Thursday, January 5, 2023
Reader: “A light to bring revelation to the Gentiles.”
Response: “ . . . and the glory of your people Israel.”
Scripture: Luke 2:36-38
Anna, a prophet, was also there in the Temple. She was the daughter of Phanuel from the tribe of Asher, and she was very old. Her husband died when they had been married only seven years. Then she lived as a widow to the age of eighty-four. She never left the Temple but stayed there day and night, worshiping God with fasting and prayer. She came along just as Simeon was talking with Mary and Joseph, and she began praising God. She talked about the child to everyone who had been waiting expectantly for God to rescue Jerusalem.
In Anna, (which means “grace”), we have another truly graceful saint patiently waiting on the Lord to come for many years. She was now eighty-four and had been a widow most of her life. Though not from the priestly tribe of Levi, she had stayed in the Temple fasting and praying for years. Luke wanted to underscore her Jewishness in mentioning the tribe of Asher. The phrase “she never left the Temple” is probably hyperbole. We might say something like “she was someone who was always there!”
She just “happened” to pass by Joseph, Mary, Jesus, and Simeon at just the right time. It was a kairos moment, a moment that had “major significance outside of chronological time.” She recognized the magnitude of the occasion. God’s salvation had come to Jerusalem, God’s own city, in the person of this little baby boy. Along with Simeon, she too had been humbly, patiently waiting.
I wonder how many times we’ve missed something significant because we were tuned out. Or perhaps we were following along, but failed to realize the importance of the event. There may even be times when there was an unusual response to something of the moment and only later did the response become clear. Many years ago my wife, Nancy, and I left my parents to drive from the farm in Illinois to join what was then Campus Crusade. After giving my dad a hug and telling each other we loved them, I cried for the first sixty miles. I remember thinking, “Where is this coming from, it’s not like I’ll never see him again.” Truth was, dad was killed in a farming accident a few months later. Our departure from the farm was a kairos moment which was later revealed to be such.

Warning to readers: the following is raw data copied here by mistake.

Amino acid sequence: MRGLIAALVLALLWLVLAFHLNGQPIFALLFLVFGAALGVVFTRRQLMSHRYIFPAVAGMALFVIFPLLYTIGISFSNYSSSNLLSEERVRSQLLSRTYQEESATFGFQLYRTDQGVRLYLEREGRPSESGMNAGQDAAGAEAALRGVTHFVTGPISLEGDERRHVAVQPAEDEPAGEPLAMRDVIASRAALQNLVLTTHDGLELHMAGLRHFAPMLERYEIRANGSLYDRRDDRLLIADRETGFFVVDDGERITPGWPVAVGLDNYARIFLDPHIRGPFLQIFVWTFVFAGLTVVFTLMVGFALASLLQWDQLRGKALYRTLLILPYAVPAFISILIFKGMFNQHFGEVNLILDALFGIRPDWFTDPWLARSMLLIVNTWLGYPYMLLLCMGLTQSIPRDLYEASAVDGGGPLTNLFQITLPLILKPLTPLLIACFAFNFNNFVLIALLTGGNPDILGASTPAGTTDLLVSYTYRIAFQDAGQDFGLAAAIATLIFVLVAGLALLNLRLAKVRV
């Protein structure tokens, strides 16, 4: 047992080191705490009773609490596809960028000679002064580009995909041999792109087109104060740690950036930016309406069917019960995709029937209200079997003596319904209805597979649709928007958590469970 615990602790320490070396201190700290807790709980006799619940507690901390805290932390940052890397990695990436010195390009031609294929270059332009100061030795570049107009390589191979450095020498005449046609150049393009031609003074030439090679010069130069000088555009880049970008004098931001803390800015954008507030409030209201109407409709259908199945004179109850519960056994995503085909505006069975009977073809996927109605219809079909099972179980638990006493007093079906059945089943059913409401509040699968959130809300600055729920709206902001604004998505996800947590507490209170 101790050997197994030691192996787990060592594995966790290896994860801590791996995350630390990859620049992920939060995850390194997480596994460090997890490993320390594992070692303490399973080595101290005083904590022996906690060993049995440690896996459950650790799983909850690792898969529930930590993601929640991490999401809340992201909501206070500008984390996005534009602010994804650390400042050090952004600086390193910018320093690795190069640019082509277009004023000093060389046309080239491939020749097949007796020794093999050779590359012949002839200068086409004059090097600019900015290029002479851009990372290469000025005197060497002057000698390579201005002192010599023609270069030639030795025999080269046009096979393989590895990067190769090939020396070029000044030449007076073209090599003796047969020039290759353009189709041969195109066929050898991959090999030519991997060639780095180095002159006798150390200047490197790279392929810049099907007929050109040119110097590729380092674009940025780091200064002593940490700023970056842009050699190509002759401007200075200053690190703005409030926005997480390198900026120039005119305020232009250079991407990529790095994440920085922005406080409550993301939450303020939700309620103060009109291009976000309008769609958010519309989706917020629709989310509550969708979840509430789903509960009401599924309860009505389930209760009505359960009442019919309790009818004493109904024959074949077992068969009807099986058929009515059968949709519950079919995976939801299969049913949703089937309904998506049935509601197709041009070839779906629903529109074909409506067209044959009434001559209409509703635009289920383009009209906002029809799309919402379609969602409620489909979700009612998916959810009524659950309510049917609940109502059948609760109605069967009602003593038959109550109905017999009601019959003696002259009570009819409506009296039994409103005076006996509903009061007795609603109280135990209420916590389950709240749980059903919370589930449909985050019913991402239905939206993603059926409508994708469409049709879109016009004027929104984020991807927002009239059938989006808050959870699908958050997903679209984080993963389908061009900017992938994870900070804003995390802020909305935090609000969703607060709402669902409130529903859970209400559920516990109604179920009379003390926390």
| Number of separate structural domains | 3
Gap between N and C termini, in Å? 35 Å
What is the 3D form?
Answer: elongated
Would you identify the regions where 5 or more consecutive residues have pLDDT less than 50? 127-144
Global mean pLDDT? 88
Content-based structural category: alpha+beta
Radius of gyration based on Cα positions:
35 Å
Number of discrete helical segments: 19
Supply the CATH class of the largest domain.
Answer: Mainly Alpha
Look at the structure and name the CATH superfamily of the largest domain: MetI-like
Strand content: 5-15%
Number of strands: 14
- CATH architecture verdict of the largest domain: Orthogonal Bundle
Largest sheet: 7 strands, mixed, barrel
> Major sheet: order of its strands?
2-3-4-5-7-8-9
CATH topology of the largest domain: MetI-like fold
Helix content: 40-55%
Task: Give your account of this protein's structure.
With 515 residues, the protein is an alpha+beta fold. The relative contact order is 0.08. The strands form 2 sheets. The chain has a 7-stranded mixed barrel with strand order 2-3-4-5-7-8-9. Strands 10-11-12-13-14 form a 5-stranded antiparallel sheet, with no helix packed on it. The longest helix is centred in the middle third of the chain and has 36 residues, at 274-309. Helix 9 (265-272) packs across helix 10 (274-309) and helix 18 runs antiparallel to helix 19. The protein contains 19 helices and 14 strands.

On a little different note, Anna gives us another of the wonderful reminders of the effectiveness of the prayers of the elderly. I’ve heard on several occasions from elderly people, “I can’t do much anymore, but pray!” That “much,” my friends, is the most! Find an “Anna” today you can encourage. Maybe you are that Anna. You don’t have to be over sixty-five!
Music: “Good Christian Men Rejoice” Robert Shaw Chamber Singers
Lord, you know better than I know myself that I am growing older, and will someday be old. Keep me from getting talkative, and particularly from the fatal habit of thinking that I must say something on every subject and on every occasion. Release me from craving to straighten out everybody’s affairs. Make me thoughtful but not moody; helpful but not bossy. With my vast store of wisdom it seems a pity not to use it all, but you know, Lord, that I want a few friends at the end.
Keep my mind from the recital of endless details-give me wings to come to the point. I ask for grace enough to listen to the tales of others’ pains. But seal my lips on my own aches and pains – they are increasing, and my love of rehearsing them is becoming sweeter as the years go by. Help me to endure them with patience. I dare not ask for improved memory, but for a growing humility and a lessening cocksureness when my memory seems to clash with the memories of others.
Teach me the glorious lesson that occasionally it is possible that I may be mistaken. Keep me reasonably sweet. I do not want to be a saint-some of them are so hard to live with-but a sour old codger is one of the crowning works of the devil. Give me the ability to see good things in unexpected places, and talents in unexpected people. And give me, O Lord, the grace to tell them so. ―anonymous 17th century nun